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The Shape of Water: Watermarks in Jakarta A first impressions piece

"Don't drink the water."

Prior to my arrival in Jakarta, I was instructed to not drink any water other than bottled water. Again during the initial two days I was reminded to not let a droplet fall beyond my lips. I admittedly was confused over the fuss about something so simple such as this.

After all, how powerful was the water of Indonesia?

A day after my arrival, I decided to visit the slum, Kali Ciliwung Manggarai, located in the suburb of West Java. It is a highly flood-prone area, with the land constantly under dispute due to its ownership by the state and all personal usage of the land is prohibited. The slum is situated right next to the Ciliwung River, which often rises well above the two meter shacks the residents reside in.

To its people, the river is to be feared - a source of wilderness which comes and goes in a fashion of structural damage that only fire could imitate.

"To its people, the river is to be feared."

In turn, the ground meeting the water has no breath.

Covered in rubbish, wildlife are non-existent among the banks and a chance of health and luck is gambled whenever desperation overcomes rationality and someone wades into its depths to drink, bathe or play.

The water takes more than just homes, but also - parents.

It has been three months since the Indonesian government has answered the calls from people of Kali Ciliwung Manggara, their calls of help to be relocated into the former governor “Ahok”s plan to resettle into temporary public housing.

For one of its inhabitants, Pandi, his only hope for the future is to garner more attention from the government or any private sector willing to listen their plea for help.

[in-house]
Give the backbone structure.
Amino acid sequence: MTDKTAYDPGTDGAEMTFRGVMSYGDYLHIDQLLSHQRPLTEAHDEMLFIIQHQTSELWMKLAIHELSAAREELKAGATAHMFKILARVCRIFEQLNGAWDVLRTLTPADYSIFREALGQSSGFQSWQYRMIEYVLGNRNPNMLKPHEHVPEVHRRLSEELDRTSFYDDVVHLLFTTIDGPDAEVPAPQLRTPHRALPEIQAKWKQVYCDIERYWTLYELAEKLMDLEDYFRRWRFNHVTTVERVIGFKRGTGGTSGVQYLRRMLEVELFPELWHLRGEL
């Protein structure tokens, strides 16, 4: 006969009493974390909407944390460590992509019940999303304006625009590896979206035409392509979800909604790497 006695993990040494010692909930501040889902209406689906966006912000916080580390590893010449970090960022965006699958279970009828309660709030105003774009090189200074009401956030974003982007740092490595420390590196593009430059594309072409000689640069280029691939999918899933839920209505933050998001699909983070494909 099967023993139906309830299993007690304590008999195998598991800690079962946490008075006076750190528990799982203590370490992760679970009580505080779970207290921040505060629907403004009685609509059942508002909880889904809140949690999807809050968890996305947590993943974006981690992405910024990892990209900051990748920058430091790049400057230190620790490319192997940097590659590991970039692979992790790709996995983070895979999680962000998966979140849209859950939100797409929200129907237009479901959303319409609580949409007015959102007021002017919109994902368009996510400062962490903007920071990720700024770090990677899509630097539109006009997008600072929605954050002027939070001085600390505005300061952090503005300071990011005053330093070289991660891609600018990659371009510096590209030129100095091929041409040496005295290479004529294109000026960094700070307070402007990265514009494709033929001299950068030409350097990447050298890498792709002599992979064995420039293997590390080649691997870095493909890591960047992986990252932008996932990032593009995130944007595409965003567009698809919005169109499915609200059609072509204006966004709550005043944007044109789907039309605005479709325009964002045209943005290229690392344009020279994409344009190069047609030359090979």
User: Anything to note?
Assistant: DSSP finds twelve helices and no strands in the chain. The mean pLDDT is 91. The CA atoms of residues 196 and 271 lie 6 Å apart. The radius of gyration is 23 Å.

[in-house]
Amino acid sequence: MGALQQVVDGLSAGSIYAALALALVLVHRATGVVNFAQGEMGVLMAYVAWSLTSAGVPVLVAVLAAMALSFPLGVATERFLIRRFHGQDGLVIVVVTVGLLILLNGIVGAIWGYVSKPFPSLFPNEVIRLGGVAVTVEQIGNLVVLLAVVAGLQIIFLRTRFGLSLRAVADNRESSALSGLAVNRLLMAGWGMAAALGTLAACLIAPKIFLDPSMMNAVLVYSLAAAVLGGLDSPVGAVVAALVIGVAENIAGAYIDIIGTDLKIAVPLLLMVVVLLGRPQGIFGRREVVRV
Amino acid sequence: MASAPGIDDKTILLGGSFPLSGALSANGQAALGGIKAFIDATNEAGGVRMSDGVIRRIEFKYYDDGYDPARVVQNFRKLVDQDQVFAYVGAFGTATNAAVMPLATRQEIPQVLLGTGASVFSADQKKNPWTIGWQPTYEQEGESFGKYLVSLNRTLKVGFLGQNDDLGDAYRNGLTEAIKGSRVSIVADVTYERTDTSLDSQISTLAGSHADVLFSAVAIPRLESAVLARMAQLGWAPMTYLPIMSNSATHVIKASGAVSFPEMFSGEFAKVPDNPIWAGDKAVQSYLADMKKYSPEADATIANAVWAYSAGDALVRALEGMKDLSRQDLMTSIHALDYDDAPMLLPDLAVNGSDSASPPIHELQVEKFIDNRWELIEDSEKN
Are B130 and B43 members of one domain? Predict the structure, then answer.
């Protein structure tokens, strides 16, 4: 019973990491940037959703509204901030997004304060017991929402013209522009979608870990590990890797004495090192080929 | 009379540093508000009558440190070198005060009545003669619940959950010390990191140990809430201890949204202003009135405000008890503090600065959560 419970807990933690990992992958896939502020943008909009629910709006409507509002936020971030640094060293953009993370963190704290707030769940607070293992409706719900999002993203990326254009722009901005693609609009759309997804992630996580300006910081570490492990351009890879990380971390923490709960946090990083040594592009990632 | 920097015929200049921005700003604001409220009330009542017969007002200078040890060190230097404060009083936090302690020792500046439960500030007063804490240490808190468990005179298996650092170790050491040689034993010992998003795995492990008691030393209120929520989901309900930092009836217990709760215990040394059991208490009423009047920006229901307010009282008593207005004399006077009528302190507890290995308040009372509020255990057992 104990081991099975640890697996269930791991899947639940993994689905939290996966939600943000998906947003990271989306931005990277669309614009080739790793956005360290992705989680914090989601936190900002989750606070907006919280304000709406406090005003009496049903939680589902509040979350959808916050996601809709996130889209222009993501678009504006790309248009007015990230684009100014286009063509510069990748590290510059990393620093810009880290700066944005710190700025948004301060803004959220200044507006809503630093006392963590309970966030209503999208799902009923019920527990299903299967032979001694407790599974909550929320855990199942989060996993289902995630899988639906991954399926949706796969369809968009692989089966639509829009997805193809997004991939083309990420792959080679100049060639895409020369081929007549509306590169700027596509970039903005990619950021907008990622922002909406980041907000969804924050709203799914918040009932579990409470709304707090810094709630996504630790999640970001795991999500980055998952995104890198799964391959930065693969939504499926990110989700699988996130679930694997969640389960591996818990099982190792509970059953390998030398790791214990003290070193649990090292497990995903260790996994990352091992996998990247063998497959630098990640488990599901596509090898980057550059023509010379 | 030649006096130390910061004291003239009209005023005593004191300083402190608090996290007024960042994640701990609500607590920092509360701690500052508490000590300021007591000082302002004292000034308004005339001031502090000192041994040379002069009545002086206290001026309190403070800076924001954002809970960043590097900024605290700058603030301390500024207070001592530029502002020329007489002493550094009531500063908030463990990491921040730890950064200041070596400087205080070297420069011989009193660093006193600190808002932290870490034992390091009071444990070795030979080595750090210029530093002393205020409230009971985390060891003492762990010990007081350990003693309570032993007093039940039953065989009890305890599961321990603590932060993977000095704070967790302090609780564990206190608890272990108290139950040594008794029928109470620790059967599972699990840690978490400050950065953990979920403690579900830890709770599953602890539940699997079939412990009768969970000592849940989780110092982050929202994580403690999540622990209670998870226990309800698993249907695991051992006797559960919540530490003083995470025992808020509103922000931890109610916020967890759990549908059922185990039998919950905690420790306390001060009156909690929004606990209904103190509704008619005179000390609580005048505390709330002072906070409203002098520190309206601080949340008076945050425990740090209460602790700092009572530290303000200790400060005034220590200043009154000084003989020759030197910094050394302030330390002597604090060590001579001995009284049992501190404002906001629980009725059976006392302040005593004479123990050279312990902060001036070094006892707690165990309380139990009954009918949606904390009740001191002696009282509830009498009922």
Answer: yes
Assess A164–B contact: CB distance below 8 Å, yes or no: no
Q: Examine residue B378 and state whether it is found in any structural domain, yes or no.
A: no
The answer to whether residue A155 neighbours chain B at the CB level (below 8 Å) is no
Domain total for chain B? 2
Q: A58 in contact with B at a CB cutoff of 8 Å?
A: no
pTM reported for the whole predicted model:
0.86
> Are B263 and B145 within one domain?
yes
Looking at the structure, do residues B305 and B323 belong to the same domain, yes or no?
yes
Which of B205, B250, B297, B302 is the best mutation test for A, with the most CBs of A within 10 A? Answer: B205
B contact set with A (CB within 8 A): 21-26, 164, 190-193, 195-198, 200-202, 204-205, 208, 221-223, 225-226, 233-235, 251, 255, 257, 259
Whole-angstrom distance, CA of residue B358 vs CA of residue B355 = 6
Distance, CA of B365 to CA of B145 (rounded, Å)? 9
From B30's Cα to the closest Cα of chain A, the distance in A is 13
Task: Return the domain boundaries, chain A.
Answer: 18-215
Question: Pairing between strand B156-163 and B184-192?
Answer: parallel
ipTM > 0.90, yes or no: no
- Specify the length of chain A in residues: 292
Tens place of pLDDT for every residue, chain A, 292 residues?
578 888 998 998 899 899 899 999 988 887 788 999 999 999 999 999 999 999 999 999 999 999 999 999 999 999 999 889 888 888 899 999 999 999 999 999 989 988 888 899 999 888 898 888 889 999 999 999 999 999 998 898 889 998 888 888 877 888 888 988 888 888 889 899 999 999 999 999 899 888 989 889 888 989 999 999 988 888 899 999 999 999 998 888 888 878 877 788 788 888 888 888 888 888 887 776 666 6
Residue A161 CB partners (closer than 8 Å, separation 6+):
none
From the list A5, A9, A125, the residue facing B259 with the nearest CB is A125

"I've lived here until I [have] grandchildren. Until now, there has been no improvement from the government. Maybe our place is the last place to get repair. We've been flooded three times this month. Light, heavy, and light flood."

"Look at our feet: wet and sodden, muddied and bare. They remind us all we cannot swim [in the] water. Even though water is source of life, we are afraid of it. Afraid of its power."

"Look at our feet: wet and sodden, muddied and bare."

Two days after my visit to the slums, I was given a tour north into the historic heart of Jakarta, an old port harbour of the city - Sunda Kelapa.

Connected to the Ciliwung River, the water is just as dirty and undrinkable. And I was reminded not to fall into the waters when jumping to a small boat for a river tour.

As the boat moved and water rushed past, I was greeted with children who jumped into the rapids, smiling yet cautious of the rapids. Unafraid, but mindful of the sudden changes in the currents.

I ask Nompo, our boatman, "Why do you choose the water?" It is polluted, not greatly chartered and a force that you can never predict, after all.

"Because it [is] all I know. Water - no matter what form is majestic."

"Because it is all I know."

"When you look out the boat, all you see is the water. Only water. Like you're in front of royalty, so you feel awe. But like royal people, [it also stays] distant. You admire but you can't get too close with a giant. It is too wild for a human ever to befriend."

As the river began to reach the sea, colourful Phinisi ships took the waves like toy boats a child could throw on an adventure. Faces popped out of the taller ships, peering down below and reminded me of my own smallness in the vastness of the water.

Whilst the water of Indonesia is still best not to be drunk, it is still a symbol of a source that may one day enrich the country's ecosystems and citizens. If cleaned out well in the future, it may herald a great sphere of influence for river sailing and sea merchant trading.

We mustn't forget however, that water leaves as fast as it comes, departing quickly from ruined villages, economies and terrain - its watermarks.

Most of the time, a current of water in the river or sea will be intimate and inviting, yet its endless reach into the horizon tells us that there are forces beneath the surface and its changing shape - yet to ever be dominated.

Created By
Chantelle Bringas
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